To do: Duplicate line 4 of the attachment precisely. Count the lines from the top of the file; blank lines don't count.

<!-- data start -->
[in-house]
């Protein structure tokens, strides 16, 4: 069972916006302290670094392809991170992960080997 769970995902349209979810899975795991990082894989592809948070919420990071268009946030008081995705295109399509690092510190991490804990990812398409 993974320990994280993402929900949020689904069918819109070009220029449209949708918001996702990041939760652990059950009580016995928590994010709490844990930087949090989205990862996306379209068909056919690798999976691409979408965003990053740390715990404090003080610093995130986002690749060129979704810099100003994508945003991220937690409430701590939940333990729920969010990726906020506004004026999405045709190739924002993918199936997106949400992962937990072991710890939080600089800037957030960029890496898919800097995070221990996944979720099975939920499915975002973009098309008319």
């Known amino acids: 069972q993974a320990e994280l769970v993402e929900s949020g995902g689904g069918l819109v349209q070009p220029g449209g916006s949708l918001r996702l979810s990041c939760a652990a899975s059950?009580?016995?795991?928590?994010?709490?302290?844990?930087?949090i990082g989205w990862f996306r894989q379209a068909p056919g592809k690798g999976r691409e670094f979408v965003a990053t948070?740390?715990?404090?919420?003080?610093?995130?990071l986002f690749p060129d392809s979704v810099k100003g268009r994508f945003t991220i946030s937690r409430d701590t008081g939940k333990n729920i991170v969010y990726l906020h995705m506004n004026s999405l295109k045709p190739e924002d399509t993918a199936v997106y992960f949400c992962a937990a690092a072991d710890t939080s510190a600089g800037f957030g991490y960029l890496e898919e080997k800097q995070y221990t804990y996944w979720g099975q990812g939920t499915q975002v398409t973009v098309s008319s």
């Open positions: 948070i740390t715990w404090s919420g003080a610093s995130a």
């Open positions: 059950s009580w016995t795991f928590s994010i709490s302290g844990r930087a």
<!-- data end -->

């Open positions: 948070i740390t715990w404090s919420g003080a610093s995130a």